So, term has started and you know you’ve got some reading to do and you need to start finding those books and articles. Well, the Library is here to help! We have a fabulous reading list systems which stores all the reading lists we receive from the department. It then links directly to the Library Catalogue to show you how many copies we have and where to find them!
This post will show you how to:
Find reading lists for your course
Use reading lists to find library resources
Download your reading lists
Reading List Guide
Check out our PowerPoint here to find out all you need to know about accessing and using reading lists.
Could you introduce yourself, and let us know your job title?
My name is Rachel White and I am the Information Consultant for English, Media Arts, Drama & Theatre and the Centre for the Development of Academic Skills (CeDAS).
How long have you been at RHUL Library?
I started at Royal Holloway in April 2016. I am looking forward to the new academic year and meeting all of the students!
What is your role within the Library?
My role is to support several departments (English, Drama & Theatre, Media Arts and CeDAS) and to ensure the library has the resources the students and staff need. Another important part of my role is teaching information literacy skills. This involves showing users how to use resources, how to search effectively, how to recognise resources that are suitable to use and managing the information once you have found it.
Have you always worked in Libraries?
Yes apart from a some part time jobs before and during University. I’ve worked in various libraries including a specialist library in The Met Office, Further Education Colleges and Universities.
What did you want to be when you were little?
There was a very short period where I wanted to be a lorry driving! Not sure why this was especially as I don’t think I am the best driver, my Peugeot is plenty big enough! Since finishing University and getting my first part time post in a library as a library assistant all I have wanted to do is to work in libraries.
Do you have any heroes and if you do, why are they your heroes?
Not sure about hero but I do love JK Rowling! I am a massive fan of Harry Potter and the novels she has written under the guise of Robert Galbraith. I also love the fact that she has recently dropped off the Forbes billionaire list due in part to the large amounts of money she donates to various charities.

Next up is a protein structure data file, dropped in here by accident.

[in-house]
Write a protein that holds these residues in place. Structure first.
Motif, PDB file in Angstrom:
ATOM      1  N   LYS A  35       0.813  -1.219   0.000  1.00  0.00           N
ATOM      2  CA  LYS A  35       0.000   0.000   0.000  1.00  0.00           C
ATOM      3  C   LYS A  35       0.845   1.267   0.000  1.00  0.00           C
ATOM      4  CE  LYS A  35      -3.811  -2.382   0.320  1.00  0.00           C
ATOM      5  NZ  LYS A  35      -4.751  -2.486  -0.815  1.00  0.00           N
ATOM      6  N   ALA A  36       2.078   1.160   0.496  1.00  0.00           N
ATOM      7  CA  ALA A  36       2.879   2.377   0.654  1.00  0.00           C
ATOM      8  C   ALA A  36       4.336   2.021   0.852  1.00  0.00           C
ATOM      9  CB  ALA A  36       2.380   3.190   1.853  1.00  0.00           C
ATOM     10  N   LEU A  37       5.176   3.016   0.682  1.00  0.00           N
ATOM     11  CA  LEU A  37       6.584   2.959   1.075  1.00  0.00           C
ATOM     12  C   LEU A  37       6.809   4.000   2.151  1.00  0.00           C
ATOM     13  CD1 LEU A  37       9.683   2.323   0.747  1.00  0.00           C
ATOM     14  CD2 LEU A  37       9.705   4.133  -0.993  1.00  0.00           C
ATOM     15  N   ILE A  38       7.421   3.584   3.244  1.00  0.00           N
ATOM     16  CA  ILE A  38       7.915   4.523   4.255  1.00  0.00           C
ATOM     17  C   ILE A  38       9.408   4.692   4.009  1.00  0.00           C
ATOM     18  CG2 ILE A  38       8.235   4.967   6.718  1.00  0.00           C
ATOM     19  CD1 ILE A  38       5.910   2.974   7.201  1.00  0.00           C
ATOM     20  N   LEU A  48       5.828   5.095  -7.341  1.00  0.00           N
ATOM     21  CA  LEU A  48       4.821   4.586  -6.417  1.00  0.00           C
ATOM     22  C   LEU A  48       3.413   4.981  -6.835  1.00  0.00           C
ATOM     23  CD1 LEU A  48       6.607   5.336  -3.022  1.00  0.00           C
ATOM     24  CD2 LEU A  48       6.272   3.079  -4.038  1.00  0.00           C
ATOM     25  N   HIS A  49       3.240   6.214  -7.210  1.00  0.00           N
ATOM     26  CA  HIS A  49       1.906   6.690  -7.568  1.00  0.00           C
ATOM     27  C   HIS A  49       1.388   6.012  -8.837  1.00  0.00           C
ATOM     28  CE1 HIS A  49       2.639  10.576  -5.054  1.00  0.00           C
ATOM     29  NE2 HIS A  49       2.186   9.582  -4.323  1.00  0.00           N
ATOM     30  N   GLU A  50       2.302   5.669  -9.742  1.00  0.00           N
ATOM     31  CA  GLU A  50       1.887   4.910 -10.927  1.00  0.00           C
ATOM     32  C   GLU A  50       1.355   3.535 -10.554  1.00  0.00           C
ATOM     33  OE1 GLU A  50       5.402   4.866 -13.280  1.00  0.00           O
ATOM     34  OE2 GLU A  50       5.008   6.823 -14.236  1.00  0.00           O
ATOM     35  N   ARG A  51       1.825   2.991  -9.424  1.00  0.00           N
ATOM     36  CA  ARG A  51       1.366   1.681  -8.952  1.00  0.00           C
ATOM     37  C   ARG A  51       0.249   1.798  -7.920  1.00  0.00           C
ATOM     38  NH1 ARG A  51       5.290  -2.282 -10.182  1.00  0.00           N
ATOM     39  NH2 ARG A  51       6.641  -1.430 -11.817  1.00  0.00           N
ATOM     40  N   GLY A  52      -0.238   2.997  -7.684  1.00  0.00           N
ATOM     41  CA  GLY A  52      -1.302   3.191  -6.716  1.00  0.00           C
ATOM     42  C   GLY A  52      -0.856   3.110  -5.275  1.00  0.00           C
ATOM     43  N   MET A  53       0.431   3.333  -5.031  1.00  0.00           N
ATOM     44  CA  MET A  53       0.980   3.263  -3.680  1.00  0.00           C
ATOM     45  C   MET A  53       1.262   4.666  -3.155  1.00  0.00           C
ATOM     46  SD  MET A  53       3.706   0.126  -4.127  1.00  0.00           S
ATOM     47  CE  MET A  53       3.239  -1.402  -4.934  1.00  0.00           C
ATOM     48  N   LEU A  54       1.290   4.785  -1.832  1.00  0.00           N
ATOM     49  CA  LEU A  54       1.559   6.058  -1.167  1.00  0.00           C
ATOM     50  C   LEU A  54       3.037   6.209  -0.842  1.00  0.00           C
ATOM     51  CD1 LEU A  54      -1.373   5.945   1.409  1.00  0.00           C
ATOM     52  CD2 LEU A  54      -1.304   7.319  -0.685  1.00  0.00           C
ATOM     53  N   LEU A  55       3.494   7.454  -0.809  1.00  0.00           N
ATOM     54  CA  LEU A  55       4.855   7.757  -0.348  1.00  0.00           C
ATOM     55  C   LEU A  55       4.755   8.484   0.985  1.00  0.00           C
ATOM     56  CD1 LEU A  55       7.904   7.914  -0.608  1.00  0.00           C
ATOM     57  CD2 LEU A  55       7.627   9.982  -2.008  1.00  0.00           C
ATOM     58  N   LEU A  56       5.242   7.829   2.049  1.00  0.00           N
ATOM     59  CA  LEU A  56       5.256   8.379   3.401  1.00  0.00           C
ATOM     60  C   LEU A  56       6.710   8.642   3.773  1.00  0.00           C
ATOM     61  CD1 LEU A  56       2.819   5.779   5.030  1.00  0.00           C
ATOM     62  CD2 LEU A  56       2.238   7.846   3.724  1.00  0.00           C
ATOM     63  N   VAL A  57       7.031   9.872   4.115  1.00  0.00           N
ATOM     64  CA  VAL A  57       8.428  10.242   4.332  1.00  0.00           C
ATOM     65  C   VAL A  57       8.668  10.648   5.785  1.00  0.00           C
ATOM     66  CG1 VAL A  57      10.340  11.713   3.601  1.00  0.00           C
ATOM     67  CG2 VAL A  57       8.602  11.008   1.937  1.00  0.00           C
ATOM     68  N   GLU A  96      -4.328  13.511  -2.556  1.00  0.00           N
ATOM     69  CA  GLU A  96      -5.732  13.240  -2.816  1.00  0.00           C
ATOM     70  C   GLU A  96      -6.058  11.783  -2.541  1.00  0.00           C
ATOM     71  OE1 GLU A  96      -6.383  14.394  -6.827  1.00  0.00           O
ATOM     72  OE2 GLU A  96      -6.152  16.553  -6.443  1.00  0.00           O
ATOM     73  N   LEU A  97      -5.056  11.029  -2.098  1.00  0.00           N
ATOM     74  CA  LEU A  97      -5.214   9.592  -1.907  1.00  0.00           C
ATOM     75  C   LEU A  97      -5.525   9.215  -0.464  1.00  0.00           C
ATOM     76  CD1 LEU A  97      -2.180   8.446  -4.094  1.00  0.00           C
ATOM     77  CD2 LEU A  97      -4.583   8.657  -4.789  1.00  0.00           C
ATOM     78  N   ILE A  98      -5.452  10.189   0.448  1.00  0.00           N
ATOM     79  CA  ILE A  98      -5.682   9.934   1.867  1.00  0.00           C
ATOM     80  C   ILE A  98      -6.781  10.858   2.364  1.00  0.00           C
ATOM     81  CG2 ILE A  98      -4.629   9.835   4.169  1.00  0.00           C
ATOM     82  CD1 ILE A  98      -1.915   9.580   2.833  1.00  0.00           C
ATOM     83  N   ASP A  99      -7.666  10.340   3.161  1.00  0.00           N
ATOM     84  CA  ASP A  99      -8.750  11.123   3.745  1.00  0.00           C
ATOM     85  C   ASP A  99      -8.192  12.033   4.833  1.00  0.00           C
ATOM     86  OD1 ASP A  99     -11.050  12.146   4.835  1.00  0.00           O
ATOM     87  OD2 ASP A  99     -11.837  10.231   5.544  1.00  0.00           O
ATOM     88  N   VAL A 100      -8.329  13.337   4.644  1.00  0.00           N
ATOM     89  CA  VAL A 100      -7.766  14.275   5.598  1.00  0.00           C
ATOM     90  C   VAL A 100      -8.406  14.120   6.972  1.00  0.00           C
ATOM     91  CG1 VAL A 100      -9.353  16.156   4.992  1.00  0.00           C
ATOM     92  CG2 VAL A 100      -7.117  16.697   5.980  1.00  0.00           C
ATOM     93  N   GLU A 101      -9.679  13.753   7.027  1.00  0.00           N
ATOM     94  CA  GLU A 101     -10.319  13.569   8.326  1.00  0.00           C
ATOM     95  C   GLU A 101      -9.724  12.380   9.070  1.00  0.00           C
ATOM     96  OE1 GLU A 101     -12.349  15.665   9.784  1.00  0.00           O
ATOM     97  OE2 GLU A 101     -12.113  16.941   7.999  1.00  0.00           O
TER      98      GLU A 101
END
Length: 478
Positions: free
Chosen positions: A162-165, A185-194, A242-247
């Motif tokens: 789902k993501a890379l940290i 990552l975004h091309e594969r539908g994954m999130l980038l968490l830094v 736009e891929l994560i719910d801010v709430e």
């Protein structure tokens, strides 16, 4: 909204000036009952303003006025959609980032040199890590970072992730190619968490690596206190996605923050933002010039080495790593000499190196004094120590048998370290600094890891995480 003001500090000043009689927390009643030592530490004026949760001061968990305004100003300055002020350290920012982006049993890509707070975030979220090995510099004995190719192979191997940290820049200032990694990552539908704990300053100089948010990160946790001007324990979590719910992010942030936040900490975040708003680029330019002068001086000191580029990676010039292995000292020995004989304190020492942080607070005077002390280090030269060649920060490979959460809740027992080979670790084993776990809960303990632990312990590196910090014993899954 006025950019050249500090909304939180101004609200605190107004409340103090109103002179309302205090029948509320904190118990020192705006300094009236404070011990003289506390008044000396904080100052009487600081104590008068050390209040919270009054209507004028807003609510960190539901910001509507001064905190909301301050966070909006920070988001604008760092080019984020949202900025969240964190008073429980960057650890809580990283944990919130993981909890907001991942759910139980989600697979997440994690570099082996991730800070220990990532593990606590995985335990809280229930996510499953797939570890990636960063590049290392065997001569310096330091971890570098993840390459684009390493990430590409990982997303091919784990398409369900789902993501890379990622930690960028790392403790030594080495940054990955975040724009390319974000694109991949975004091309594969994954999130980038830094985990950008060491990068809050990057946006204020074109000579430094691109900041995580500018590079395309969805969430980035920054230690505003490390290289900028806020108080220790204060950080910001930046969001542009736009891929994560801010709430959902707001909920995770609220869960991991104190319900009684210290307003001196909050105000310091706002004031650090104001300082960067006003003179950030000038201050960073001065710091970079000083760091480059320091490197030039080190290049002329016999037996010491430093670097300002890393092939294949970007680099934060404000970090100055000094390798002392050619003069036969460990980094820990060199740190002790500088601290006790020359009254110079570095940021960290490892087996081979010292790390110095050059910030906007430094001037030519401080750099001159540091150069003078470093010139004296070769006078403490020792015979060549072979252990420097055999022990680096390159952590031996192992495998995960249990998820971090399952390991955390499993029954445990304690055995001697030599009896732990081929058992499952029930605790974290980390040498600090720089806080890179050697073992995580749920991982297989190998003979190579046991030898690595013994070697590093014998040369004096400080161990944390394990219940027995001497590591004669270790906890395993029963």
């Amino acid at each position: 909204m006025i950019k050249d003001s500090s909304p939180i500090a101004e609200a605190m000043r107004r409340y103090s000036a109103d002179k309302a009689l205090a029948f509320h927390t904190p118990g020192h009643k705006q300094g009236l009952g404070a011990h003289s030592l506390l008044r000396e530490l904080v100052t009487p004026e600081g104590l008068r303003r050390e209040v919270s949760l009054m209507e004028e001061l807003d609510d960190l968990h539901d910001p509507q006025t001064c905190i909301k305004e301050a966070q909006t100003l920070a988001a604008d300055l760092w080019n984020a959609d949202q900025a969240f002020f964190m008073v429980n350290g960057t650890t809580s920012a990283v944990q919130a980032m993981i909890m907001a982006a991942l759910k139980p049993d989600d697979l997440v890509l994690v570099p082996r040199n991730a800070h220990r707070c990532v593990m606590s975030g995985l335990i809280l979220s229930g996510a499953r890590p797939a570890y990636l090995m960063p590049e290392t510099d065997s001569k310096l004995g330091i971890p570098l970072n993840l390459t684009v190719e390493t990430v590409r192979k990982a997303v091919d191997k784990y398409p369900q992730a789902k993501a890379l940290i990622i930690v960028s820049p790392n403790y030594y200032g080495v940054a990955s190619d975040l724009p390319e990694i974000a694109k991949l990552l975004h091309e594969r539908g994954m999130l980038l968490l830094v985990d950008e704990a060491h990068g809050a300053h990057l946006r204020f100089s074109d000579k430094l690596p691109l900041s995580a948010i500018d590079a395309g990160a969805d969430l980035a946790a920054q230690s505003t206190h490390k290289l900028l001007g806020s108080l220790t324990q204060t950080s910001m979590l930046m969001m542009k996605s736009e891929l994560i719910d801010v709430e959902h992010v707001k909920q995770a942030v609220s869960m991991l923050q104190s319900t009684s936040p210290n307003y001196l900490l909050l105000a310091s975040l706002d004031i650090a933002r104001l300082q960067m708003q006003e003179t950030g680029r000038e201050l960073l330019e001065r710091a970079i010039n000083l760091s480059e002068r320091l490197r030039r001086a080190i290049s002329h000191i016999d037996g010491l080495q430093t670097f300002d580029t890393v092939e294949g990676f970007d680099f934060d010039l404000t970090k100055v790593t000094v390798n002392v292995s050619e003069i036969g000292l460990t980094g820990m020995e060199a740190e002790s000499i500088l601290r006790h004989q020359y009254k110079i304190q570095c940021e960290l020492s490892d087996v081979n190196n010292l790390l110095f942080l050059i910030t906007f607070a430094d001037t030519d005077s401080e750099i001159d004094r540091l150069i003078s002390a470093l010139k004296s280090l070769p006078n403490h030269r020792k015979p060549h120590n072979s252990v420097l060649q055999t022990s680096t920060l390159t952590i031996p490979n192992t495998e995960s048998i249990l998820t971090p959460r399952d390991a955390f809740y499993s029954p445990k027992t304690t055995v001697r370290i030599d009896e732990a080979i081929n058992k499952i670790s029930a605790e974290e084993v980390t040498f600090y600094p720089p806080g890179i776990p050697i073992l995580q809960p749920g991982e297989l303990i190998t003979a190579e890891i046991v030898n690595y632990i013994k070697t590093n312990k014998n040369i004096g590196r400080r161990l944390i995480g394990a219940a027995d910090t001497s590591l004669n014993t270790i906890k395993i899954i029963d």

What did you study?
I studied English Literature at Swansea University
Do you have a favourite book, and why?
I have lots of favourite books and would struggle to pick just one! I remember there were two books that I studied at University that stayed with me. One was Dracula by Bram Stoker and the other was The Yellow Wallpaper by Charlotte Perkins Gilman. I loved both of these texts but did struggle to sleep after reading them both!
If you had a superhero alter ego, what would they be named, and what would your super power be?
Not sure what my superhero alter ego would be, but I definitely know what super power I would like! I would love to be able to disappear on the spot and turn up anywhere in the world instantly (apparating for any Harry Potter fans).
Describe working in the library in 3 words
Varied, rewarding, interesting
What advice would you give to a new student?
My advice would be to make use of the library resources and if you are unsure about anything at all contact your information consultant, we are all more than happy to help!
This database is made up of 100s of audio books covering a wide range of areas such as fiction, history, business, drama and much more. You are able to browse by collection, author, recent additions or search for an author/title.
The audio books are available to stream online and many copies are available in abridged and unabridged versions. You can also save your place in the audio book by setting up boomarks.
There are also audio books available in French, German and Portuguese.
This is a fascinating resource which gives you an insight into life in London during the 18th, 19th and early 20th Century. Included in this resource are digital images of rare books, interactive maps, essays and online galleries.
Explore this resource and see London as you have never seen it before!
Have you seen our new resource, Digital Theatre Plus?
Digital Theatre Plus is an online video resource which provides access to a range of productions: Shakespeare, classic plays, new writing, classical music and opera. It will be useful for students studying Shakespeare, adaptations and those interested in playwriting.
Happy New Term! And with it comes new training workshops from the Library.
Last year, in the Autumn Term we saw 6547 students – that’s equivalent to all of the students in the Arts and Sciences faculties put together!
We’ve had some really nice and positive feedback on our sessions too…